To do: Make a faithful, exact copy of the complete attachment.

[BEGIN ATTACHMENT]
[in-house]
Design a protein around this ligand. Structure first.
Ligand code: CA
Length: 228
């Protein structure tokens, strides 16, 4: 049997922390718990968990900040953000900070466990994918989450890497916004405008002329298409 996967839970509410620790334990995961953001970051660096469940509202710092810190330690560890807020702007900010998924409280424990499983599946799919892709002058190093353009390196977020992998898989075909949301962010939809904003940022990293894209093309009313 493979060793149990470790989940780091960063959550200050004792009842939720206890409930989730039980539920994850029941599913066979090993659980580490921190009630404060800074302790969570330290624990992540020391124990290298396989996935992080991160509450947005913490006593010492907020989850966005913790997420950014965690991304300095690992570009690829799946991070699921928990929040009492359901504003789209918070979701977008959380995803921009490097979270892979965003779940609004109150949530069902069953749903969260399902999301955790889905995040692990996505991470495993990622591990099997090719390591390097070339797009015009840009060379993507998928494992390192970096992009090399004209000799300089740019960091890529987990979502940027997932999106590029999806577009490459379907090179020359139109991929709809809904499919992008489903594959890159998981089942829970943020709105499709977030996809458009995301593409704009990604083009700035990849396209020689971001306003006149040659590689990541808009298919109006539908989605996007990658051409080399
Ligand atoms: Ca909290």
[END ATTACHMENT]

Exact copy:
[in-house]
Design a protein around this ligand. Structure first.
Ligand code: CA
Length: 228
């Protein structure tokens, strides 16, 4: 049997922390718990968990900040953000900070466990994918989450890497916004405008002329298409 996967839970509410620790334990995961953001970051660096469940509202710092810190330690560890807020702007900010998924409280424990499983599946799919892709002058190093353009390196977020992998898989075909949301962010939809904003940022990293894209093309009313 493979060793149990470790989940780091960063959550200050004792009842939720206890409930989730039980539920994850029941599913066979090993659980580490921190009630404060800074302790969570330290624990992540020391124990290298396989996935992080991160509450947005913490006593010492907020989850966005913790997420950014965690991304300095690992570009690829799946991070699921928990929040009492359901504003789209918070979701977008959380995803921009490097979270892979965003779940609004109150949530069902069953749903969260399902999301955790889905995040692990996505991470495993990622591990099997090719390591390097070339797009015009840009060379993507998928494992390192970096992009090399004209000799300089740019960091890529987990979502940027997932999106590029999806577009490459379907090179020359139109991929709809809904499919992008489903594959890159998981089942829970943020709105499709977030996809458009995301593409704009990604083009700035990849396209020689971001306003006149040659590689990541808009298919109006539908989605996007990658051409080399
Ligand atoms: Ca909290």